The Xbox One has hit shop shelves - or pre-order customers' doorsteps - around the world today, with the console generally receiving positive critical responses.
The Xbox One launch event in Leicester Square.
Beset by a number of controversies throughout the build up to its launch, there was a period where it looked like Microsoft had seriously slipped up and handed the next-gen console battle straight to the Sony PS4. But, with a change of heart over key issues such as not allowing the resale of secondhand games, it seems Microsoft has turned things around.
Reactions to the console have been generally positive with The Verge giving it 7.8/10, TrustedReviews marking it 8/10 and Cnet giving it 7/10. However the Guardian did only mark it 6/10, saying "something about PS4 feels fresher, more seductive, and Sony ended this generation with one of the true great games, The Last of Us. The momentum is there."
Generally reviews praised a number of future-facing aspects of the console, such as Kinect 2, SmartGlass and its potential for Windows apps. However, the integration of TV control was generally seen as a clunky and unnecessary extra and game load times are slow, much slower than the PS4. The performance and fidelity advantage of the PS4, however, was generally seen as not making a huge difference in the heat of battle.
The reaction to much of the console's launch lineup has been a bit lacklustre, though no more so than that of the PS4. The fantastic looking Ryse: Son of Rome, developed using the Crytek engine, received just 5/10 from Eurogamer as the gameplay simple didn't match up to the stunning visuals. Forza Motorsport 5 and Dead Rising 3 scored a middling 7/10 while Crimson Dragon got only 6/10. So, as with the PS4, the big hitters are actually the cross-platform titles, Battlefield 4, Call of Duty: Black Ops, and Need for Speed: Rivals.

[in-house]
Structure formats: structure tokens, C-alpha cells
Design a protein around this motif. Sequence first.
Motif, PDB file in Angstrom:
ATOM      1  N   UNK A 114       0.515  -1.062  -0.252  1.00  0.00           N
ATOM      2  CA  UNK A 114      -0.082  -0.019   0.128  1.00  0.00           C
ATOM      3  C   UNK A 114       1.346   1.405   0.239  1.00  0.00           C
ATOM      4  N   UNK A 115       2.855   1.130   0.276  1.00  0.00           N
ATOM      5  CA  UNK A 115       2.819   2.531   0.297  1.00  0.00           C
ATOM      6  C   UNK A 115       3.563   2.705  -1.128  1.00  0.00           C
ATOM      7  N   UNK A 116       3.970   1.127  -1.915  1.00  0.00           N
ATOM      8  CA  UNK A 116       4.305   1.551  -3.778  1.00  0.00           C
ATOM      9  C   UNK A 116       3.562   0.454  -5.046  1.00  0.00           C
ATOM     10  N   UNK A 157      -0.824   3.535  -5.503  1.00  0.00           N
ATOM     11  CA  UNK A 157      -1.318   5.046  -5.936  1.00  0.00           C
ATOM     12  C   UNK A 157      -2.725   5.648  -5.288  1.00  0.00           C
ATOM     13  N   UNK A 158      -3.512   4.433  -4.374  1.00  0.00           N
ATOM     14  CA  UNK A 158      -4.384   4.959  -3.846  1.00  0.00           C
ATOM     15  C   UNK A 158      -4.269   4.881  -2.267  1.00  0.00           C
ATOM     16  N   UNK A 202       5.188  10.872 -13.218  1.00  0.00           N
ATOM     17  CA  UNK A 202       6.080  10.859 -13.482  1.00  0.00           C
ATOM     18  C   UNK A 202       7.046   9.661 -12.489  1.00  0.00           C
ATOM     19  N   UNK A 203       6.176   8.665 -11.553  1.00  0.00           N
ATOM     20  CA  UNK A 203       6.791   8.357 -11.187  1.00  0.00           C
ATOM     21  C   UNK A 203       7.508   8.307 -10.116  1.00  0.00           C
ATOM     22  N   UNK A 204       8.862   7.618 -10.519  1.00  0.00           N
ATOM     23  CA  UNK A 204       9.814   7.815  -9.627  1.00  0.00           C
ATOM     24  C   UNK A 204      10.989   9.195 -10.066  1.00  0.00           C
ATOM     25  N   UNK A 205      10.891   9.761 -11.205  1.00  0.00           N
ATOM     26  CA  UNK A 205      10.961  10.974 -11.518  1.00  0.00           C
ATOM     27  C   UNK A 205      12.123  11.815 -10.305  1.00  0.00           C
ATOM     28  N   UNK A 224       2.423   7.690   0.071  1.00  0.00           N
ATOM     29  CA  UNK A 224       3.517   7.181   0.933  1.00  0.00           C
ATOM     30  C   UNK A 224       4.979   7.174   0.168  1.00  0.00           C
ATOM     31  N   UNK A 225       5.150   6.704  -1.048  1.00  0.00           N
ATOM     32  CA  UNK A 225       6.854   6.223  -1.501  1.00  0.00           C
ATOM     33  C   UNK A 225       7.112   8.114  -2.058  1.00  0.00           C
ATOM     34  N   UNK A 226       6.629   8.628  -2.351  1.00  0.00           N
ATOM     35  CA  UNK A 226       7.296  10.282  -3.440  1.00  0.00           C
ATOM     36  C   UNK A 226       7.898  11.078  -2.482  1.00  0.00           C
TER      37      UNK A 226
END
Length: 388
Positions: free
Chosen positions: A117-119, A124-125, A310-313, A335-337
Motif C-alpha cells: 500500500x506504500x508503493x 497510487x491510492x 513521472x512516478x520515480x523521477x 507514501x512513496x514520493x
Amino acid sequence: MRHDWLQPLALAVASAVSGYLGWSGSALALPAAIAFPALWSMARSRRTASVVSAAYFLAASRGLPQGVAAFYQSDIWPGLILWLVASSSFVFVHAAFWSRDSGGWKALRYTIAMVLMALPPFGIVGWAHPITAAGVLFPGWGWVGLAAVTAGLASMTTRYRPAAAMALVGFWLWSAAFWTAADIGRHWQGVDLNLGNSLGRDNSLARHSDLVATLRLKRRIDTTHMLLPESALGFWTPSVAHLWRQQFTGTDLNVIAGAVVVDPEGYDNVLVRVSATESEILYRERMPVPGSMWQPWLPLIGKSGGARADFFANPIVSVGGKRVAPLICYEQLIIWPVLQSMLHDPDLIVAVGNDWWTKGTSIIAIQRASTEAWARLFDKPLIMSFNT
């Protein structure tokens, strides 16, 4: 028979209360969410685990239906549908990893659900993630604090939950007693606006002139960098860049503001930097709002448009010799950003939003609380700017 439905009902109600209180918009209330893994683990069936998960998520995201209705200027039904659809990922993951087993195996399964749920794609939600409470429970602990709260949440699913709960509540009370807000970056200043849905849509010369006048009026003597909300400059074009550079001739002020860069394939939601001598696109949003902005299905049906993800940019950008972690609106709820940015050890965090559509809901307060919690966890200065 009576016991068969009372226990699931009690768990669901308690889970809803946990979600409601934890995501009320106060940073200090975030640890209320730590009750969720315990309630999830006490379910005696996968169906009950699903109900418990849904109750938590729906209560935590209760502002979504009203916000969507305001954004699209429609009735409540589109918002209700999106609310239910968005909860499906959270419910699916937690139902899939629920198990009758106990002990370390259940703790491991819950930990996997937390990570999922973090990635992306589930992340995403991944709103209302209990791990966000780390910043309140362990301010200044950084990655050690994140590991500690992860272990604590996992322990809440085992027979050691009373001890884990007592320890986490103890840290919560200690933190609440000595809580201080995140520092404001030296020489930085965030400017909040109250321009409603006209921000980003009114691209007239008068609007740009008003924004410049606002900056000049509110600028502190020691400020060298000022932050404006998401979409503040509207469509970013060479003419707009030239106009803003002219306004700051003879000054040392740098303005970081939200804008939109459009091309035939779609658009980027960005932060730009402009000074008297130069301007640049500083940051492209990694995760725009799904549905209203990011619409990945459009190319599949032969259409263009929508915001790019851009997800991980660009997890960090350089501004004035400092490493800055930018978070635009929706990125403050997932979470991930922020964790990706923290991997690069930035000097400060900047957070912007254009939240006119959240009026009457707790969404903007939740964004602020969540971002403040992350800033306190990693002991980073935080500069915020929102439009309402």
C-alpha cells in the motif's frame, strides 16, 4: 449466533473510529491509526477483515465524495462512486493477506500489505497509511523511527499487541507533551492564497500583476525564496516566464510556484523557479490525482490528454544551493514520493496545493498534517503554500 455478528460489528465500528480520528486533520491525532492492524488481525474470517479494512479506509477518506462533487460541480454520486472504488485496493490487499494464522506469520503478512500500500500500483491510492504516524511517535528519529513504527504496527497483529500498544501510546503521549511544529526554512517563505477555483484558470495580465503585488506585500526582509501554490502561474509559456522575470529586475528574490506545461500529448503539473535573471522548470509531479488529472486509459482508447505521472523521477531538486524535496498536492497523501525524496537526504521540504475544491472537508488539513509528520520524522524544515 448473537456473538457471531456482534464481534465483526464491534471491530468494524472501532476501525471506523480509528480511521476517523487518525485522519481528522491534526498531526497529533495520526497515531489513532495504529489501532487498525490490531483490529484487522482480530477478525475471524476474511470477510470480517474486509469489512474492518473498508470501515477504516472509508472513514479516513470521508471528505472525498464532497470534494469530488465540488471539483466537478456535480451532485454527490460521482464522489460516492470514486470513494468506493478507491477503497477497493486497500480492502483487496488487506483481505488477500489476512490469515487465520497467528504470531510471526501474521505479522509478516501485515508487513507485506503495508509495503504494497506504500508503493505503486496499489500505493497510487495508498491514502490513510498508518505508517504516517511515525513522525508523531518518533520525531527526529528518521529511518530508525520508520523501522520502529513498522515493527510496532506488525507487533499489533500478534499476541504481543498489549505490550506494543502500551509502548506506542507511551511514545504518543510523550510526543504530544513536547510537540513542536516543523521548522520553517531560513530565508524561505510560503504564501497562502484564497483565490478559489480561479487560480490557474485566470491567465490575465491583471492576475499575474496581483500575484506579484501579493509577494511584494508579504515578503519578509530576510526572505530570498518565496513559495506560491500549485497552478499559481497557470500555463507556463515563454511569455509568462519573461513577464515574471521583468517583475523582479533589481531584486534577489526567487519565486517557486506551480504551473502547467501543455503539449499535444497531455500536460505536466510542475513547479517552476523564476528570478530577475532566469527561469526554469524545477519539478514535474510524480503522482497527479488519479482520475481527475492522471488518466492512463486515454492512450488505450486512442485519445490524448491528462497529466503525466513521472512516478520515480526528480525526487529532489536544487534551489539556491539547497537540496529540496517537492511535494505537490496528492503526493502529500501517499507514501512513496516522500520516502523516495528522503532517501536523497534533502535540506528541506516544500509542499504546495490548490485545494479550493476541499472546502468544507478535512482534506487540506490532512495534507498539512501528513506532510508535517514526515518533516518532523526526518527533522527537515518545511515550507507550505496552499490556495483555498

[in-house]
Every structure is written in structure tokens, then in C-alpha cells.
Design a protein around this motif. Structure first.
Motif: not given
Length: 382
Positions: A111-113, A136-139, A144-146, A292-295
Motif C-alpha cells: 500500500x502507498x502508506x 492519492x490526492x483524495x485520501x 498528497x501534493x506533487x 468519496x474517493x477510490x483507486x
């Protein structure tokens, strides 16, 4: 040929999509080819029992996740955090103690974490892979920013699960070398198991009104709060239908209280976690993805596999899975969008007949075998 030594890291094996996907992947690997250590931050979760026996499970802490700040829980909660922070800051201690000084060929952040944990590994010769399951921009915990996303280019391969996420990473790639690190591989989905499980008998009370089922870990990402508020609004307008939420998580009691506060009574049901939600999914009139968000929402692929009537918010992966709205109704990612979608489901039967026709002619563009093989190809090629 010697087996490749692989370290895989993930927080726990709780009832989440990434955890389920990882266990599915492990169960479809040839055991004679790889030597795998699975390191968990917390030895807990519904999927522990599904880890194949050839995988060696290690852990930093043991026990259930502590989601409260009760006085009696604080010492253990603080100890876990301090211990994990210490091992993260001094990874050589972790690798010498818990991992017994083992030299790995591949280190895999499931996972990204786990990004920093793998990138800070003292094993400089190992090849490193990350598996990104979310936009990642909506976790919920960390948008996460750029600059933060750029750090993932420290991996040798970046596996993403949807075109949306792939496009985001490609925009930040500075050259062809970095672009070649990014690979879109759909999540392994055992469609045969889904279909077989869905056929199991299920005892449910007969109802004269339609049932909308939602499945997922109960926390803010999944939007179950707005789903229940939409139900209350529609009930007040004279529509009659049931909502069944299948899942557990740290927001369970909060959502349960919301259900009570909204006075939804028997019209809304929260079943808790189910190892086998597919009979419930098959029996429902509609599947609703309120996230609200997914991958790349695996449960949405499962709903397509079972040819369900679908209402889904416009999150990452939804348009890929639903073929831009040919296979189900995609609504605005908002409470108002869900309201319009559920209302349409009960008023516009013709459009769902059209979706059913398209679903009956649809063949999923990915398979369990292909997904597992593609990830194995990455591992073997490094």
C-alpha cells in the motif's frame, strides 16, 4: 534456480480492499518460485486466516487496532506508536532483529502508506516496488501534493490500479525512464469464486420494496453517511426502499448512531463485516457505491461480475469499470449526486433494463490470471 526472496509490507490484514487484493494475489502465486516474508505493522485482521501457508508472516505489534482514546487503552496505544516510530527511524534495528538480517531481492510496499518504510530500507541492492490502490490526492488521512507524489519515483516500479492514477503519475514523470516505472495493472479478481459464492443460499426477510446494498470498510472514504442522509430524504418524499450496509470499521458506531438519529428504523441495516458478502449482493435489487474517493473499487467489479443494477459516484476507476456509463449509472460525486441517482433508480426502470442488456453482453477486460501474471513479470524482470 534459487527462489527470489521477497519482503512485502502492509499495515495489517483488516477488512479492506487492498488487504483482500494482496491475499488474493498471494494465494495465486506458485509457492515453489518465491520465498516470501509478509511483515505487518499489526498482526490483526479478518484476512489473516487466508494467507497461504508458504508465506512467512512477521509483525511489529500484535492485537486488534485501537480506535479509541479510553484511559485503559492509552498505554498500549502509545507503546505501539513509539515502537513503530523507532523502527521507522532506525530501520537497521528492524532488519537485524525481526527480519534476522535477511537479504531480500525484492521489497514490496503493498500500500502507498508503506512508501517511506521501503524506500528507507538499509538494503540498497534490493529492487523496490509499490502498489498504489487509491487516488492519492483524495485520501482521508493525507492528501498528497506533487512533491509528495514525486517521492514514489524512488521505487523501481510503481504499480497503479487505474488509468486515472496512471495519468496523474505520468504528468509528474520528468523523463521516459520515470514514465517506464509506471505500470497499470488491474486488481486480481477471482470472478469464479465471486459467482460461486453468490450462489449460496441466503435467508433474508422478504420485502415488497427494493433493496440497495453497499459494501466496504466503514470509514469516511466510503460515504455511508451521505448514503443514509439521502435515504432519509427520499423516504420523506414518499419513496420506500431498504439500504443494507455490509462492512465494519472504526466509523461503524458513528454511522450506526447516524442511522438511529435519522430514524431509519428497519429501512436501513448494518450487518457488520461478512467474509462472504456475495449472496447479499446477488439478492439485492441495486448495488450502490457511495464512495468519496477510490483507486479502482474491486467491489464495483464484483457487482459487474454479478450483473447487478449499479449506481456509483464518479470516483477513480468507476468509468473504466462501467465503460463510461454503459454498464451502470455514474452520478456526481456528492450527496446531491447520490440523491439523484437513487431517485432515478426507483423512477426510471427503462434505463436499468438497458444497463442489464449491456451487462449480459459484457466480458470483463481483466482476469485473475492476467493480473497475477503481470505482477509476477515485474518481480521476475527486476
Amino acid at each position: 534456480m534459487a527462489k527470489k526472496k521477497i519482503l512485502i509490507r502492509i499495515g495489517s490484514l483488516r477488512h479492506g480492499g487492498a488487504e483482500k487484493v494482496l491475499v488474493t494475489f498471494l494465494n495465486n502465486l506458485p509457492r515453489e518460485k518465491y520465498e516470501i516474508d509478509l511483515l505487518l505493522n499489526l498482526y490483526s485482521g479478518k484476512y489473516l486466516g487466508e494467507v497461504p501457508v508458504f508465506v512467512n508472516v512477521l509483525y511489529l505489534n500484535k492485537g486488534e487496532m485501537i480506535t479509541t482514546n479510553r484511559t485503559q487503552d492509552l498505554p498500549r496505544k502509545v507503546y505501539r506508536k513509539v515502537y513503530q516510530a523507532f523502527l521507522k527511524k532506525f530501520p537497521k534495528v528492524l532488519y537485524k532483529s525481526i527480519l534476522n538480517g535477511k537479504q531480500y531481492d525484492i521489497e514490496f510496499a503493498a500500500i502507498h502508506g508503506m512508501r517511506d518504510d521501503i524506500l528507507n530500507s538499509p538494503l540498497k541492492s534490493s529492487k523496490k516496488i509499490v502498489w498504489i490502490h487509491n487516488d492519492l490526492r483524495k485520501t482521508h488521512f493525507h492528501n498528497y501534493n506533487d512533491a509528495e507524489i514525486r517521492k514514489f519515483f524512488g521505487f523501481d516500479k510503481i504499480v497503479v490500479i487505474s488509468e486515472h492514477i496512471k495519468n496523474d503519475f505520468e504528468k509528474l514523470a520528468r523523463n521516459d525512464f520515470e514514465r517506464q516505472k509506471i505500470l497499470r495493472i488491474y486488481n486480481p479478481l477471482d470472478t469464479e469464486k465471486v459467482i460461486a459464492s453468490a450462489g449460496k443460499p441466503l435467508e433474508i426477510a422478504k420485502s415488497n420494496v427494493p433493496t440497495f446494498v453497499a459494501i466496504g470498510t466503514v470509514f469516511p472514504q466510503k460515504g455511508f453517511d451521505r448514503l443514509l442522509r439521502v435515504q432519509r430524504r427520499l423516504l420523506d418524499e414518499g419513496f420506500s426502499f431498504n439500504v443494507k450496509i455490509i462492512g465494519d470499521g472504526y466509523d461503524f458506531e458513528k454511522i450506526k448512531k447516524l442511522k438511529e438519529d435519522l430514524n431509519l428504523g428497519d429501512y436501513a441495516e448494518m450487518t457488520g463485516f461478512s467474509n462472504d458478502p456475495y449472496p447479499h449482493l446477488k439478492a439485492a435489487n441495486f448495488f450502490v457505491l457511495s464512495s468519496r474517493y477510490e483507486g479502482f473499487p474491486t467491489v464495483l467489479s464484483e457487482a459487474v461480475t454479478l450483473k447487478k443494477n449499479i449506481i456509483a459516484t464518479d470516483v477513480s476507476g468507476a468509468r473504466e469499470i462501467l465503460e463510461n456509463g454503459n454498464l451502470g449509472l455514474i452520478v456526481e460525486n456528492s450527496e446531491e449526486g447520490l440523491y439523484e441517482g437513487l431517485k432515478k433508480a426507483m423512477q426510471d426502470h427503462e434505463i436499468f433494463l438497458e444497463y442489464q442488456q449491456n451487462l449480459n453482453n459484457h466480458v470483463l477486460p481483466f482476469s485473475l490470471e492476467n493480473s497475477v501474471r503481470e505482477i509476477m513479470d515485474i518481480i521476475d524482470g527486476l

Large Xbox One launch events took place around the globe to mark the occasion, with the likes of Leicester Square in London hosting a lavish party with guests such as Plan B., Jonathan Ross and England footballer Andros Townsend. In stark contrast the launch of the PS4 was relatively modest, though of course that console only launched in the US initially, with Europe, Australia, New Zealand and Brazil getting the console next week.
Despite only launching in America, the PS4 sold over a million units in 24 hours. The PS3, in contrast, sold just 197,000 units in its first two weeks of availability in the US, suggesting Sony may have been right to target that key market first, where for a long time it struggled to compete with the Xbox brand.
Did you pick up an Xbox One? What have you made of it so far?